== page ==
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Korean J Epidemiol > Volume 30(2);2008 > Article
Korean Journal of Epidemiology 2008;30(2): 206-215. doi: http://dx.doi.org/10.4178/kje.2008.30.2.206
Relationship between serum gamma-glutamyltransferase and metabolic syndrome among Korean non-diabetic adults.
Wee Hyun Park, Shung Chull Chae, Byung Yeol Chun, Kyung Eun Lee, Bo Wan Kim, Jung Guk Kim, Ji Seun Lim, Sun Kyun Park
1Cardiovascular Research Institute, Kyungpook NationalUniversity, Korea.
2Health Promotion Research Center, Kyungpook NationalUniversity, Korea. bychun@knu.ac.kr
3Department of Internal Medicine, School of Medicine,Kyungpook National University, Korea.
4Department of Occupational Medicine, Kyungpook NationalUniversity Hospital, Korea.
5Department of Preventive Medicine, School of Medicine,Kyungpook National University, Korea.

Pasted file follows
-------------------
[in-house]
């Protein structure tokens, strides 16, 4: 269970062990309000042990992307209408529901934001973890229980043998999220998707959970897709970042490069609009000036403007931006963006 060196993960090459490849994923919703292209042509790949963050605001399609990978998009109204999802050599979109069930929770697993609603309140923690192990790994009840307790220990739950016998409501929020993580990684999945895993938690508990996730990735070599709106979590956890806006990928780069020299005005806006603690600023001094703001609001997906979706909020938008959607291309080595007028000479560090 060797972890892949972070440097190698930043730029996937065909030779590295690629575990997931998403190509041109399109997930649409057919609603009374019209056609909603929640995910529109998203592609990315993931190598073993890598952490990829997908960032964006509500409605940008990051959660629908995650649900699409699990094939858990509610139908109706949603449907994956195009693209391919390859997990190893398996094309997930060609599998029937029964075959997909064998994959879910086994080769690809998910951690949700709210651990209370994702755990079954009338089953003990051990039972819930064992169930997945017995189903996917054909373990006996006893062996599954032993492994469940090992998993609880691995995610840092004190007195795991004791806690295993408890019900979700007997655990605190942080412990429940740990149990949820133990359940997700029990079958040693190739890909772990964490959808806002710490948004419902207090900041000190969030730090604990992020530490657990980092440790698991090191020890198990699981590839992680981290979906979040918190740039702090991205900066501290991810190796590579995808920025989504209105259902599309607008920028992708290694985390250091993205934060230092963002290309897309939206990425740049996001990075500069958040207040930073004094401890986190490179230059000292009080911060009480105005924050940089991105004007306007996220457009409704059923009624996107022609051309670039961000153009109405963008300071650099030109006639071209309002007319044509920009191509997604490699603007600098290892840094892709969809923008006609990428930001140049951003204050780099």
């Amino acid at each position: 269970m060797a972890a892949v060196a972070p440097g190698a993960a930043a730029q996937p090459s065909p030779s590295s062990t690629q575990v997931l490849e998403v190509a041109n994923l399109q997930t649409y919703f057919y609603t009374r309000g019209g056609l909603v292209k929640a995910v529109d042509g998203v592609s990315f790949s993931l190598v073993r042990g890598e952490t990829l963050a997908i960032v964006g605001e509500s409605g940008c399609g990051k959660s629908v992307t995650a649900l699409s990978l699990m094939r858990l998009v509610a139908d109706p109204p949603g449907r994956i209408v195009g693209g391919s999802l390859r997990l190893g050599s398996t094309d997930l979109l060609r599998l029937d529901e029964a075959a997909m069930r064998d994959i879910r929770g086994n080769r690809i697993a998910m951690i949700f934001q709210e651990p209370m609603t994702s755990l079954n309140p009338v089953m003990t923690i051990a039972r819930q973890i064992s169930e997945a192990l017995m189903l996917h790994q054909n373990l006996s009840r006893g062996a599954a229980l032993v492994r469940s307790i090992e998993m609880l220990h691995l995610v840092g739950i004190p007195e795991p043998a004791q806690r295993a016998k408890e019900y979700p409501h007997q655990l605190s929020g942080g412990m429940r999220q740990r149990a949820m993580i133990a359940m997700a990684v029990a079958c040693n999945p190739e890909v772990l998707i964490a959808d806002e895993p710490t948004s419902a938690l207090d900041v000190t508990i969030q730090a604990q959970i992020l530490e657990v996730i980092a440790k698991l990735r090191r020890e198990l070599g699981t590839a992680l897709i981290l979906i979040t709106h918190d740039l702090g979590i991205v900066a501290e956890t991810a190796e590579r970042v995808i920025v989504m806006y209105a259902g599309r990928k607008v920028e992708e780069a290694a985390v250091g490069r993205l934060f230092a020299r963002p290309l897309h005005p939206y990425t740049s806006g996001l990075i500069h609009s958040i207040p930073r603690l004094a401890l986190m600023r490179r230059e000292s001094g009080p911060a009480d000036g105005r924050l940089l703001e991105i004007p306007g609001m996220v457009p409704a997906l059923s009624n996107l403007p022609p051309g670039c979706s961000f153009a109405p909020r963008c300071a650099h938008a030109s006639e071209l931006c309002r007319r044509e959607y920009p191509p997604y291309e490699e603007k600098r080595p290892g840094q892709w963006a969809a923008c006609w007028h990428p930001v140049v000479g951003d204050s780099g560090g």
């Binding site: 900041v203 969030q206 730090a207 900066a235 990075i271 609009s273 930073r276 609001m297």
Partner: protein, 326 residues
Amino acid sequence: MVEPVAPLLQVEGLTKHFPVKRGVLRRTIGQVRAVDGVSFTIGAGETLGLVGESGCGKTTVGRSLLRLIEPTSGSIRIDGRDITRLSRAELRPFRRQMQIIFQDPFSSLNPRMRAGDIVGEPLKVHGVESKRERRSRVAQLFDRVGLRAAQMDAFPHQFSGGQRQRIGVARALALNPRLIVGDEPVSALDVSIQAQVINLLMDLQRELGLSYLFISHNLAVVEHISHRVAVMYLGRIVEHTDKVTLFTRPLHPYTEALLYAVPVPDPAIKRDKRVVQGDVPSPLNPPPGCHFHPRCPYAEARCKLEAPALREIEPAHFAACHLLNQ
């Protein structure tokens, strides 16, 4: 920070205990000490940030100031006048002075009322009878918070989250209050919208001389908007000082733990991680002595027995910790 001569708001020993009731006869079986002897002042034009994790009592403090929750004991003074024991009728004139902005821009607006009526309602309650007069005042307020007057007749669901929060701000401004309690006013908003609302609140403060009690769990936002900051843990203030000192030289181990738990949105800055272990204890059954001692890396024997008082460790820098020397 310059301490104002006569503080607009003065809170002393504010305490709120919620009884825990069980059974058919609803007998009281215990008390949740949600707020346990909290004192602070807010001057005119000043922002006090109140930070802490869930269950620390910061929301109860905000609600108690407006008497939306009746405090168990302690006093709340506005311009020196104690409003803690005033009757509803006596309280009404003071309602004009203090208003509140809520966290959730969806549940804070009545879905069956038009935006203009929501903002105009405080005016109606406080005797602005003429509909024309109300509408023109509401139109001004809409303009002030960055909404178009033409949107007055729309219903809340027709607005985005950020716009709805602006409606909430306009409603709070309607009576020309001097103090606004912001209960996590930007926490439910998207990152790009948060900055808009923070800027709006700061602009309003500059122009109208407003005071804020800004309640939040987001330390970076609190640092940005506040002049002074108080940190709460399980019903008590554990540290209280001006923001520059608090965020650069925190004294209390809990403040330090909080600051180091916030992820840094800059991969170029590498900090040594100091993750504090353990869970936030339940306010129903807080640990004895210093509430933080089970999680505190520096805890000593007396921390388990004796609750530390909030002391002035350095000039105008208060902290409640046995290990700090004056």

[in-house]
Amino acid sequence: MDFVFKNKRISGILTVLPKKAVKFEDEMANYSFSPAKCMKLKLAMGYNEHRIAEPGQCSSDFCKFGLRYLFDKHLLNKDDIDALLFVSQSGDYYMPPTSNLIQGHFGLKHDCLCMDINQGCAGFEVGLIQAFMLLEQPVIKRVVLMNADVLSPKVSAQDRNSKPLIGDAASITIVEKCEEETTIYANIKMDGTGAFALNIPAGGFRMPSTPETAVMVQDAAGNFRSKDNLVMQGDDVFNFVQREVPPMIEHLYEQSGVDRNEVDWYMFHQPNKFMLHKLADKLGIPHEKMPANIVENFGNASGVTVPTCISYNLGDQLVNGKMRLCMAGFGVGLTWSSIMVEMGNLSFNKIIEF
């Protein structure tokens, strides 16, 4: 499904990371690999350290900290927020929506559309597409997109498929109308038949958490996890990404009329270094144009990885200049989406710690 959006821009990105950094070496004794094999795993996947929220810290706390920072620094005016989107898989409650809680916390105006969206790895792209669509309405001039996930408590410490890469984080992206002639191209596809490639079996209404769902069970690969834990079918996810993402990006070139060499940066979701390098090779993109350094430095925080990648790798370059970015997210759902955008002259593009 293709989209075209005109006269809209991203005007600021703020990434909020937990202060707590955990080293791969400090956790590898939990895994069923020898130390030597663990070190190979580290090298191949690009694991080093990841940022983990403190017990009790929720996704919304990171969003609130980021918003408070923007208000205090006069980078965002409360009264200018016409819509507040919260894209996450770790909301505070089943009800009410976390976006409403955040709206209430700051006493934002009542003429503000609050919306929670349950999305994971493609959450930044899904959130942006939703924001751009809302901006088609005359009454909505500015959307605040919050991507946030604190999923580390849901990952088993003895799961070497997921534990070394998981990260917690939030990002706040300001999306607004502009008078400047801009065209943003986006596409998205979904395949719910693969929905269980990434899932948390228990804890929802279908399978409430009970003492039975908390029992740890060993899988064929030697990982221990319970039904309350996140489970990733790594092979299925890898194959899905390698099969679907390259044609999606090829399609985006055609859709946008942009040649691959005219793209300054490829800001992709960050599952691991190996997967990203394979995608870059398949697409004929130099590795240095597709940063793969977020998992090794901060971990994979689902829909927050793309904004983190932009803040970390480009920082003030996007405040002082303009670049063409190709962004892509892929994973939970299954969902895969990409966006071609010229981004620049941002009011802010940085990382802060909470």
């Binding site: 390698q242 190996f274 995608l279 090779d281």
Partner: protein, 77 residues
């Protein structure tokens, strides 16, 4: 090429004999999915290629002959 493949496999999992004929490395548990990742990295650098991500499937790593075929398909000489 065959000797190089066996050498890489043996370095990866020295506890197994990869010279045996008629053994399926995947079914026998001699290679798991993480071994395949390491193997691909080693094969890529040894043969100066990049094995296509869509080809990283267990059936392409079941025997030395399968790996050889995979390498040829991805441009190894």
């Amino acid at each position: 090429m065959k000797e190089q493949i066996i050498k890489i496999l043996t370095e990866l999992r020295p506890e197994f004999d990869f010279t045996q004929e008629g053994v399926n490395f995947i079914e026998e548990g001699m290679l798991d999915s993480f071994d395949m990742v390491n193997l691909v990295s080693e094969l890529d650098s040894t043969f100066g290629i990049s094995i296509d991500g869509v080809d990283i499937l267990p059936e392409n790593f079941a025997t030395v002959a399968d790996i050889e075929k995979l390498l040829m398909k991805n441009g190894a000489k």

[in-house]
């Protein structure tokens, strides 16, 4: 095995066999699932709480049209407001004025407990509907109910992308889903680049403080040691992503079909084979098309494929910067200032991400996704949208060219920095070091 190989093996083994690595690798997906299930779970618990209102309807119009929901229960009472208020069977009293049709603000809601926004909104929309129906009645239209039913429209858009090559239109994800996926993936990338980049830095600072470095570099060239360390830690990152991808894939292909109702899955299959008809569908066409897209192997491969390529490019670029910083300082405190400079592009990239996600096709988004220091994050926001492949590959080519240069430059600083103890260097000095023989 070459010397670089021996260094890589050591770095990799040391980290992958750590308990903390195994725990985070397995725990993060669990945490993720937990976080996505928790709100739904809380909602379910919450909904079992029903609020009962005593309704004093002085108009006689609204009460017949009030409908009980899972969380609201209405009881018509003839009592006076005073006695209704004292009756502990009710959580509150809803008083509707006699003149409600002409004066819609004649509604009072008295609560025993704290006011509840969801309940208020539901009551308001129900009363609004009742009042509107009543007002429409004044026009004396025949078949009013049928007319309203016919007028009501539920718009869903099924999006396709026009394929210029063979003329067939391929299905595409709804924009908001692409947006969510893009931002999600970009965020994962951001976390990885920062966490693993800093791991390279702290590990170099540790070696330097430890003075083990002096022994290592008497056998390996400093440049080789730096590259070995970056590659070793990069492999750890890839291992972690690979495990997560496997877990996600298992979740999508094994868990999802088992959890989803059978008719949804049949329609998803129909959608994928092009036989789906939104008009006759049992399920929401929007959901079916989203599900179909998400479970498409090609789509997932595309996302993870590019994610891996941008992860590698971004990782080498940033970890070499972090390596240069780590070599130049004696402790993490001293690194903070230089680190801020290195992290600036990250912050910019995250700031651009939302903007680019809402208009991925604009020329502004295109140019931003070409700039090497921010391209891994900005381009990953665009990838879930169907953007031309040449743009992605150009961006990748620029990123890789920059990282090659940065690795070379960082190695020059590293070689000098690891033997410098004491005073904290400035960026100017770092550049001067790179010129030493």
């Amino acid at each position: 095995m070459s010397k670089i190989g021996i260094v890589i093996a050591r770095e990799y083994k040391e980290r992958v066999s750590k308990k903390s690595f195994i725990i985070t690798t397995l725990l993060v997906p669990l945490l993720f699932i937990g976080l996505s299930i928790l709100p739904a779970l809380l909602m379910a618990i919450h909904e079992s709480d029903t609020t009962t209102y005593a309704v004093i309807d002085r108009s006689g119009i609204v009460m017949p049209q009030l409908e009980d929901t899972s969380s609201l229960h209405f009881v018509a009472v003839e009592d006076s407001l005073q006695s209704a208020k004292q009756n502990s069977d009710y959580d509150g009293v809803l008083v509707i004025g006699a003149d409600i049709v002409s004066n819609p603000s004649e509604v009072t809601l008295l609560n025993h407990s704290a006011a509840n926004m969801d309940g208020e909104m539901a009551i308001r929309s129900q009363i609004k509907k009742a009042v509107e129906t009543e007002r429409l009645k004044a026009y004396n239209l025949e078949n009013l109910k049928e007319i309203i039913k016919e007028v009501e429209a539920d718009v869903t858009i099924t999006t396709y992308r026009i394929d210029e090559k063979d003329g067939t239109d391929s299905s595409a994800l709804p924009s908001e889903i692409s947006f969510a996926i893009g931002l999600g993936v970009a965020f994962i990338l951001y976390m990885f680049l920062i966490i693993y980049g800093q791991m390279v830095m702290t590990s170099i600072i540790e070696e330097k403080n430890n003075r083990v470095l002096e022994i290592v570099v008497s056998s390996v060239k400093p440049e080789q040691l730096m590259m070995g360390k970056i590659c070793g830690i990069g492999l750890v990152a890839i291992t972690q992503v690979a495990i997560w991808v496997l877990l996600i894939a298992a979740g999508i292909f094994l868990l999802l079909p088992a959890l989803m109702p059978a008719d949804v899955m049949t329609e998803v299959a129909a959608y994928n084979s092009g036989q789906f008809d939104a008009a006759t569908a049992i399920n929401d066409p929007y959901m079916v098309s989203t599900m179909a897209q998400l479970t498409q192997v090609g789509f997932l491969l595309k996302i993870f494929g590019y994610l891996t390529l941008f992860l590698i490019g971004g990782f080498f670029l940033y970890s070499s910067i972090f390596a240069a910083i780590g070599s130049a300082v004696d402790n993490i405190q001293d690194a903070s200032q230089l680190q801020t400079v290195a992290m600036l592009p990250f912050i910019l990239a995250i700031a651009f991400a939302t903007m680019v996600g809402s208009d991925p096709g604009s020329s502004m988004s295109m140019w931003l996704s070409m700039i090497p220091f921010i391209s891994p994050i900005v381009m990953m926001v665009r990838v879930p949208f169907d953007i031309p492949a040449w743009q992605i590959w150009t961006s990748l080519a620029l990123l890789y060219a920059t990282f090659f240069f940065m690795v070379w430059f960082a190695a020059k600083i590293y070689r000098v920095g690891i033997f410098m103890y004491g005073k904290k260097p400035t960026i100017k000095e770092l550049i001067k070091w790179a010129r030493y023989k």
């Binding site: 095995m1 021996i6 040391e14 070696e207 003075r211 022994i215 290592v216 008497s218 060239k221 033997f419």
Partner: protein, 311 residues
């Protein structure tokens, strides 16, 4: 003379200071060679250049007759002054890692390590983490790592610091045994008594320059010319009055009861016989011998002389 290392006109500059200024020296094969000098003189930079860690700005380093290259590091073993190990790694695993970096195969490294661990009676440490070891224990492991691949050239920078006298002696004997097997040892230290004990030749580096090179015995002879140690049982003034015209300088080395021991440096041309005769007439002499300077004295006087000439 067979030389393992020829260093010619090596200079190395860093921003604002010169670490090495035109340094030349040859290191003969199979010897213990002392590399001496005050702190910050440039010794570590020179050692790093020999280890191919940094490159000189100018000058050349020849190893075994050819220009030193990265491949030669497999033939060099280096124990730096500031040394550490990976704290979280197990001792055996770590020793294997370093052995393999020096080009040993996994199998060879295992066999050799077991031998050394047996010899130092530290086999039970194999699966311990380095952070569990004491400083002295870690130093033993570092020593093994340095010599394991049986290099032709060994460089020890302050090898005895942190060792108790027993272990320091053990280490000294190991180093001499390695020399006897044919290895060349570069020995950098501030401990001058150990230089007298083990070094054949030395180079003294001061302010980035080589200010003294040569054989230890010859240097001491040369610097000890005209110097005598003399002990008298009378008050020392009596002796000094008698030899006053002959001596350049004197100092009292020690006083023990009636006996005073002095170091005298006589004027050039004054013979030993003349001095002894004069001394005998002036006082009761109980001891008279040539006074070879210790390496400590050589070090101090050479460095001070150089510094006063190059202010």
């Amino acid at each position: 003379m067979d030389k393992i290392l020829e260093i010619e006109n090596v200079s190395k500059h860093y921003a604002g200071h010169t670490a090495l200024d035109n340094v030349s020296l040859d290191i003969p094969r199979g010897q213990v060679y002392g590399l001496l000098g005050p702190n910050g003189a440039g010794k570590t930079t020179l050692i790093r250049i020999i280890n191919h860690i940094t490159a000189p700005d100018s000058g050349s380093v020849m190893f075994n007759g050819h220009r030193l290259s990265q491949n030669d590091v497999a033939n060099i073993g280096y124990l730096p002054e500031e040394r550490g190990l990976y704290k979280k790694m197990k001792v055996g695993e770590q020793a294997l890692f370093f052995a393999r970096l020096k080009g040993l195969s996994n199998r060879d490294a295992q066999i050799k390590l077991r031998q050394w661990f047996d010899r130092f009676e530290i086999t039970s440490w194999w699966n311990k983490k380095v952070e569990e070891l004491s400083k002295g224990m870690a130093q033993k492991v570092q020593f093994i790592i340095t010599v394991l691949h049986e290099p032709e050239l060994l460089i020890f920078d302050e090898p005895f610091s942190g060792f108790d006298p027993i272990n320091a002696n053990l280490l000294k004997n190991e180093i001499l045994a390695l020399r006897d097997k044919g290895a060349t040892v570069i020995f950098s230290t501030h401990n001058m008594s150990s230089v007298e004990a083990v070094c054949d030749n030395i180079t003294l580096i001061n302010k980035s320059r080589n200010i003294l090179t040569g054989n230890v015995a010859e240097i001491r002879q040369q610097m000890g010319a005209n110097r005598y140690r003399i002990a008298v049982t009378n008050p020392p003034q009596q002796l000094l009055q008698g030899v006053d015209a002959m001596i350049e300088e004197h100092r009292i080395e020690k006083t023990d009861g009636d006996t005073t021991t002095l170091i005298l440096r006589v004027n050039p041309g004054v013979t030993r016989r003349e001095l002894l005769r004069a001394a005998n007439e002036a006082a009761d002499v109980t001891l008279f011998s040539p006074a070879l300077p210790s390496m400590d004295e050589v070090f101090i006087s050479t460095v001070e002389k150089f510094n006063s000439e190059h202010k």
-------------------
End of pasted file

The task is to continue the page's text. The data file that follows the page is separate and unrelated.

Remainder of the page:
Received: 10 October 2008;  Accepted: 18 December 2008.  Published online: 31 December 2008.
ABSTRACT
PURPOSE:
This study was conducted to investigate the association of gamma-glutamyltransferase (GGT) with metabolic syndrome among non-diabetic adults.
METHODS:
This study was conducted in a rural area, South Korea from August, 2003 to November, 2003. The study subjects were 1,023 sampled persons aged from 40 years and older (male 377, female 646). We analyzed the association between GGT with metabolic syndrome by multiple logistic regression analysis using SAS 9.1 version.
RESULTS:
The prevalence of metabolic syndrome in this study was 28.8%. The prevalence of metabolic syndrome was increased by quartiles of serum GGT level (P for trend <0.05). The prevalence of metabolic alterations fitting the criteria of the metabolic syndrome by quartiles of serum GGT level were almost significantly increased except for the criterion of low high density lipoprotein (HDL) cholesterol with adjustment for age and alcohol intake. Among 5 components of metabolic syndrome, the criterion of high serum triglyceride was most powerfully associated with serum GGT level in both gender.
CONCLUSIONS:
This study shows that serum GGT level was significantly associated with metabolic syndrome even after excluding diabetic adults.
KEY WORDS: Gamma-glutamyltransferase; Metabolic Syndrome X; Oxidative Stress; Diabetes Mellitus
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